Derek William Nicoll
It is obvious that business and technical innovation are now closely linked and to a large extent they share a common destiny. Technology facilitates business, as business incorporates technology. However what business can learn through and with technology, and what technologists can learn from the implementation of their products in business is limited, somewhat of a closed system unless there is the possibility of feedback from end-users. This is especially true in cases of technologies aimed at the wider consumer market. The opportunity to learn reduces severely if business and technologists cannot learn about their offerings via the perceptions and experiences of those who are intended to consume and use them. With this in mind, the 1990s have witnessed a succession of technologies, which after attracting significant funding for development, failed to reach their intended destinations the mass consumer market. Perhaps the most significant of these is interactive television.
This paper aims to present the notion of technology and marketing trials as a kind of sociotechnical 'biosphere' where learning is effected in comparative 'safety'. However, efforts to contrive the social and technical environments of trials, to make them realistic, is a difficult task. Firms wishing to create the right conditions whilst simultaneously learning of the technology themselves, and also seeking to extract as much data as possible from trialists often creates complexities which hinder or prevent proper learning, and in the long run, proper prospects of commercialisation. Trials can take on something of a life of their own, losing their attributes of being a set of highly controlled conditions, becoming instead a preoccupation and severe drain on resources. The paper suggests that problems may begin early in projects, where there is a lack of clear-cut knowledge objectives and where the reification of 'users' represents little more than collateral for winning support for projects. Later, 'users' come to be viewed as intelligent parts of the system. Here they are 'designed' to provide various kinds of feedback regarding technology, interface and service characteristics. This suggests a narrow, unnatural and flawed view of use and users, detracting from the key relevancy they play in providing learning on trials.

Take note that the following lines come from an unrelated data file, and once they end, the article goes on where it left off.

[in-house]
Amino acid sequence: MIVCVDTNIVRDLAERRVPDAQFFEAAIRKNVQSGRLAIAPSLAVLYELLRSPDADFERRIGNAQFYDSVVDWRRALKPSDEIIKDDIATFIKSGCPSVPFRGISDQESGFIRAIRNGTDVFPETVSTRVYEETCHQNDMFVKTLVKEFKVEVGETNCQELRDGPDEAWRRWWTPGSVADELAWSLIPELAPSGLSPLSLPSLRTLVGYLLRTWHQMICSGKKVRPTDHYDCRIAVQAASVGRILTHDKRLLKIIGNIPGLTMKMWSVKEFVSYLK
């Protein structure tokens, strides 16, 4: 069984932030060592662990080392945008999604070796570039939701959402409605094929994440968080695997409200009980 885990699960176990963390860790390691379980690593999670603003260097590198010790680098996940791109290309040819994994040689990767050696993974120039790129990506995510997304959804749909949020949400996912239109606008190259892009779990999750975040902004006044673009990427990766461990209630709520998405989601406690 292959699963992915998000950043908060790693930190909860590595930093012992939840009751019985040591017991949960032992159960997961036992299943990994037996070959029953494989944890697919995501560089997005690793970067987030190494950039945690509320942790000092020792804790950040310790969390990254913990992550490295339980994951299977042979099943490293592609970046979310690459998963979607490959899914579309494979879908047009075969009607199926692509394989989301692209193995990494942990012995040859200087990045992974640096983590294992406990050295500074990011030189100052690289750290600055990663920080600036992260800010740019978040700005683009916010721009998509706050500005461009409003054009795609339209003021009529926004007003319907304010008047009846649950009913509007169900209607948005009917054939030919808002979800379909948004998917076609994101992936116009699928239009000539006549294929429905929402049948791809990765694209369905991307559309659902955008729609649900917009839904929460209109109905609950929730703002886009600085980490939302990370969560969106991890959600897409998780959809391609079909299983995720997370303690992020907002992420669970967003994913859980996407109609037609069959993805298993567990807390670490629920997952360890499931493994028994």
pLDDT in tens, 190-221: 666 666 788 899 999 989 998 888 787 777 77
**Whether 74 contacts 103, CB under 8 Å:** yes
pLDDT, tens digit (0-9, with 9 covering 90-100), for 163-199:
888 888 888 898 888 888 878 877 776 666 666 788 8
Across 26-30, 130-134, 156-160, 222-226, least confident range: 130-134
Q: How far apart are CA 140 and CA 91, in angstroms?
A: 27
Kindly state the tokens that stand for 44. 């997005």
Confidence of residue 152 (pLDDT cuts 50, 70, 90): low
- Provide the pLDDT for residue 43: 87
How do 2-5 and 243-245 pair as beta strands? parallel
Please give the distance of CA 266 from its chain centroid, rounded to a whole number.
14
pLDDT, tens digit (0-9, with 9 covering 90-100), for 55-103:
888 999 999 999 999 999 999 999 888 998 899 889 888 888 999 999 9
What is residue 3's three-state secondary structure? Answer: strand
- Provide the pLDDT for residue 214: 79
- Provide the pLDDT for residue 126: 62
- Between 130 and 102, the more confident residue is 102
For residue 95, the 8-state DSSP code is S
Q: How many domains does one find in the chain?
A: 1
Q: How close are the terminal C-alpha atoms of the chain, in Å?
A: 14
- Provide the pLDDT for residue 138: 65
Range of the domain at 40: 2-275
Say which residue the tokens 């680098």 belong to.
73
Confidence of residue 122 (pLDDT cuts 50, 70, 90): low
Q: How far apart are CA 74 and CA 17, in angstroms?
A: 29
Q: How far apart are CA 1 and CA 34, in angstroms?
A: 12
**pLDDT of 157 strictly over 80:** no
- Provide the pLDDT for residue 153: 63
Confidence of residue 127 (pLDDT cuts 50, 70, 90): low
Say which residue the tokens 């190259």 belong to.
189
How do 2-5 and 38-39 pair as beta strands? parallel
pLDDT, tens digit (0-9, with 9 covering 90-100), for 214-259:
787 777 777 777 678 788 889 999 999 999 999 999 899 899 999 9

Back | TIS Home